Head of a Woman by Pablo Picasso

Head of a Woman by Pablo Picasso

At the beginning of the century, Picasso, along with his close friend Carlos Casagemas, came to conquer Paris. It is here that he sees the starting point of his fame and world recognition.

Friends lodge with a French comrade who introduces them to girls, cheerful and carefree, happily posing an attractive Spaniard. The head of one of them, Picasso, was imprinted on his canvas, having chosen for this the style of impressionism. Another fatal beauty, Germain, will break the heart of the impressionable and vulnerable Casagemasu, and after a while, rejected, he will shoot at her first, and then at himself. Germain

will remain frightened, but unharmed, and Picasso will lose his best friend, which will give impetus to his most sad and hopeless “blue period” of creativity.

Looking at the portrait of a young person, it is easy to see the influence of other artists on Picasso. This image emerging through the haze evokes thoughts of the paintings of Auguste Renoir or Claude Monet. There is not a single clear line here, and the entire canvas is woven from smears, which at first glance seem chaotic, but subject to some unprecedented artistic harmony. Some certainty differs only in a look that can be described as shrill and somewhat languid.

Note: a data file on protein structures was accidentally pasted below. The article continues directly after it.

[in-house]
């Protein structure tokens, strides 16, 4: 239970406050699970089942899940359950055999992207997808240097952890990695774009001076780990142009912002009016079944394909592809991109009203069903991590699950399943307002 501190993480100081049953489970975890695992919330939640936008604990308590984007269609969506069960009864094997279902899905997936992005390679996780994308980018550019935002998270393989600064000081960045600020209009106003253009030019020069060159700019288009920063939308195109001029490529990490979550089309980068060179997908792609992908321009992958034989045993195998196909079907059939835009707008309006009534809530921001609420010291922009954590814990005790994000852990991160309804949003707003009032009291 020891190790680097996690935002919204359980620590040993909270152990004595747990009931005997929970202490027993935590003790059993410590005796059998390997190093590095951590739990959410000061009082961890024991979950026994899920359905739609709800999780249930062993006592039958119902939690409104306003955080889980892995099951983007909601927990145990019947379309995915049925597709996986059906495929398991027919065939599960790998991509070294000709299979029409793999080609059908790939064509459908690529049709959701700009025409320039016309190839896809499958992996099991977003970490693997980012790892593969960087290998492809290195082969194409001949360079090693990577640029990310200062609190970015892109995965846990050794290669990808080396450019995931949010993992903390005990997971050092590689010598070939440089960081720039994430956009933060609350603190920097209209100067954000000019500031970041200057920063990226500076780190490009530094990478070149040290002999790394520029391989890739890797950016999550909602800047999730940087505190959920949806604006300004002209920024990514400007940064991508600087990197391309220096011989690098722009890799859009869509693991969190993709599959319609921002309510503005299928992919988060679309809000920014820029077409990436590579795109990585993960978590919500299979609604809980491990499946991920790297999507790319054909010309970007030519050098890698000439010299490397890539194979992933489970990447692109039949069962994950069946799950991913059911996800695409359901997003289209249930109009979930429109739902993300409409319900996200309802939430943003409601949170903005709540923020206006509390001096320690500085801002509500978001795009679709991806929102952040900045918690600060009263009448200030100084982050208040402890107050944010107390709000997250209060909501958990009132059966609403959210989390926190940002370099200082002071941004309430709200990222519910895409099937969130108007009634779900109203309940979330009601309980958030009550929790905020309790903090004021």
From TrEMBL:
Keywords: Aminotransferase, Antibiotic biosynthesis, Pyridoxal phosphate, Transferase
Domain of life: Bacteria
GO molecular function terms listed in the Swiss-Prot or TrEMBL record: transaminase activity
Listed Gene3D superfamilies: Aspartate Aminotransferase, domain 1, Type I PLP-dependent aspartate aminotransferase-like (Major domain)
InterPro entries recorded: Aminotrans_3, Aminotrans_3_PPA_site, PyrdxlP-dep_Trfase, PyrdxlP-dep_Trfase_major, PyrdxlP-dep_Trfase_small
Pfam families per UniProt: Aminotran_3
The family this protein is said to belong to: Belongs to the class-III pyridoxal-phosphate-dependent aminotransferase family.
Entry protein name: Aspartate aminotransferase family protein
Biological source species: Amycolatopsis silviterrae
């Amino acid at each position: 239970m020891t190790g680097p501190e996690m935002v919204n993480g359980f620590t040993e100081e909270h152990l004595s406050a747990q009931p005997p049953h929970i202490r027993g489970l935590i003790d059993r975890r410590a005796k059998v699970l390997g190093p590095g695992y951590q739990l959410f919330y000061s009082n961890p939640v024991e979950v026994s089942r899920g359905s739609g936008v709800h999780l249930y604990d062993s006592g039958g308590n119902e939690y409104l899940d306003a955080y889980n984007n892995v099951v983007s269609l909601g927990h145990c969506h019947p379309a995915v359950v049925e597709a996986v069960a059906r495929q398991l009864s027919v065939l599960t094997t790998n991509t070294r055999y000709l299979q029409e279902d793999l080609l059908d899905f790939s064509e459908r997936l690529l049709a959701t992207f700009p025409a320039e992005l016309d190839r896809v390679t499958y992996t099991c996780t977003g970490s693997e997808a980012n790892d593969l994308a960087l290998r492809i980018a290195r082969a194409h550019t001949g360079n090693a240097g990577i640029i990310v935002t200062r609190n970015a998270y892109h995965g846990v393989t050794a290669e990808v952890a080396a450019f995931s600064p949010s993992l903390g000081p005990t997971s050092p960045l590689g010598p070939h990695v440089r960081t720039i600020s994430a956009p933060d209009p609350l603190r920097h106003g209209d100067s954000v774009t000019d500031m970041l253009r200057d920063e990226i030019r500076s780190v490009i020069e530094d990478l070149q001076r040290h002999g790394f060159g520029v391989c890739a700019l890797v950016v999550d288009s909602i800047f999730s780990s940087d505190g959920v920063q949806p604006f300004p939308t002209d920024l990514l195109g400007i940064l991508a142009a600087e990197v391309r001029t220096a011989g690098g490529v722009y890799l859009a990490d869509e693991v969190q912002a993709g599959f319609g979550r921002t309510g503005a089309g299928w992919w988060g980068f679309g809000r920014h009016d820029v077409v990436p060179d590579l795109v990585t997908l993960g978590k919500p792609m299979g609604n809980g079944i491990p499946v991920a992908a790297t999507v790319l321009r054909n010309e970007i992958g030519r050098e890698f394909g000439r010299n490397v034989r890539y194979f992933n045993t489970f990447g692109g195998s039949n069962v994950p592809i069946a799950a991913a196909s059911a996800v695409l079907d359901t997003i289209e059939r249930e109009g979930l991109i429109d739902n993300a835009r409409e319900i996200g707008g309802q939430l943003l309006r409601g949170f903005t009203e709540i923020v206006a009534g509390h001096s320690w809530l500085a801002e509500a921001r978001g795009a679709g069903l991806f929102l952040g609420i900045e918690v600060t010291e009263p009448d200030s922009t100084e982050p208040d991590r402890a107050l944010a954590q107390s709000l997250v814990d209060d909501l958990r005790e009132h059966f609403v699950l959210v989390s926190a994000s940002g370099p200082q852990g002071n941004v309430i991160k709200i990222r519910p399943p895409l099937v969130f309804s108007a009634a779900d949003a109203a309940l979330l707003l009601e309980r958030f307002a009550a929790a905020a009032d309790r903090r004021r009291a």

Through the numerous intricacies of the brushstrokes, the viewer can discern blond hair arranged in a lush hairstyle of that fashion and a high hat decorated with a flower. The background of the painting is reduced to a minimum so as not to distract from the heroine’s gaze, and the color palette is somewhat dim and muffled, which further distinguishes these bright, burning eyes.

Today, the picture depicting a charmer, whose friend has forever stolen the heart and life of a friend Kasagemasa, is in the private collection, where she went after the auction. The owner offered for an impressionistic portrait of an unknown more than 3 million.

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